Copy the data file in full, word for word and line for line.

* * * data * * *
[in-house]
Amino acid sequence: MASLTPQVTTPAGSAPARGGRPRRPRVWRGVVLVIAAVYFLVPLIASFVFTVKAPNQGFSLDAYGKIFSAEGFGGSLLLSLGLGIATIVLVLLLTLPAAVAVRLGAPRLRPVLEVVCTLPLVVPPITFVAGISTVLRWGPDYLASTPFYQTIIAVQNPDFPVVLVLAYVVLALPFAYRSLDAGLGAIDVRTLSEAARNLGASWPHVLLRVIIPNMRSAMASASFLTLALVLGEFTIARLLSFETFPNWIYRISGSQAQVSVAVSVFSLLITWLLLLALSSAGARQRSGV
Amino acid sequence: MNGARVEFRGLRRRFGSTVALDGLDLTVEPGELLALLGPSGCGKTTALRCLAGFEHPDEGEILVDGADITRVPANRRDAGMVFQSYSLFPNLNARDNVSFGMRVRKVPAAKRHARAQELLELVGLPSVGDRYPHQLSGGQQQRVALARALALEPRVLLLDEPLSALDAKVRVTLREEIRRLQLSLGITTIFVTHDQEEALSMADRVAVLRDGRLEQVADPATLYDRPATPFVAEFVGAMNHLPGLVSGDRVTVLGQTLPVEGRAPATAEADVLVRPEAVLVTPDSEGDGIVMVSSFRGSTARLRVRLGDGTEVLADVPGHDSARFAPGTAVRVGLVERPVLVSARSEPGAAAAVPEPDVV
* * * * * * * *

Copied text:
[in-house]
Amino acid sequence: MASLTPQVTTPAGSAPARGGRPRRPRVWRGVVLVIAAVYFLVPLIASFVFTVKAPNQGFSLDAYGKIFSAEGFGGSLLLSLGLGIATIVLVLLLTLPAAVAVRLGAPRLRPVLEVVCTLPLVVPPITFVAGISTVLRWGPDYLASTPFYQTIIAVQNPDFPVVLVLAYVVLALPFAYRSLDAGLGAIDVRTLSEAARNLGASWPHVLLRVIIPNMRSAMASASFLTLALVLGEFTIARLLSFETFPNWIYRISGSQAQVSVAVSVFSLLITWLLLLALSSAGARQRSGV
Amino acid sequence: MNGARVEFRGLRRRFGSTVALDGLDLTVEPGELLALLGPSGCGKTTALRCLAGFEHPDEGEILVDGADITRVPANRRDAGMVFQSYSLFPNLNARDNVSFGMRVRKVPAAKRHARAQELLELVGLPSVGDRYPHQLSGGQQQRVALARALALEPRVLLLDEPLSALDAKVRVTLREEIRRLQLSLGITTIFVTHDQEEALSMADRVAVLRDGRLEQVADPATLYDRPATPFVAEFVGAMNHLPGLVSGDRVTVLGQTLPVEGRAPATAEADVLVRPEAVLVTPDSEGDGIVMVSSFRGSTARLRVRLGDGTEVLADVPGHDSARFAPGTAVRVGLVERPVLVSARSEPGAAAAVPEPDVV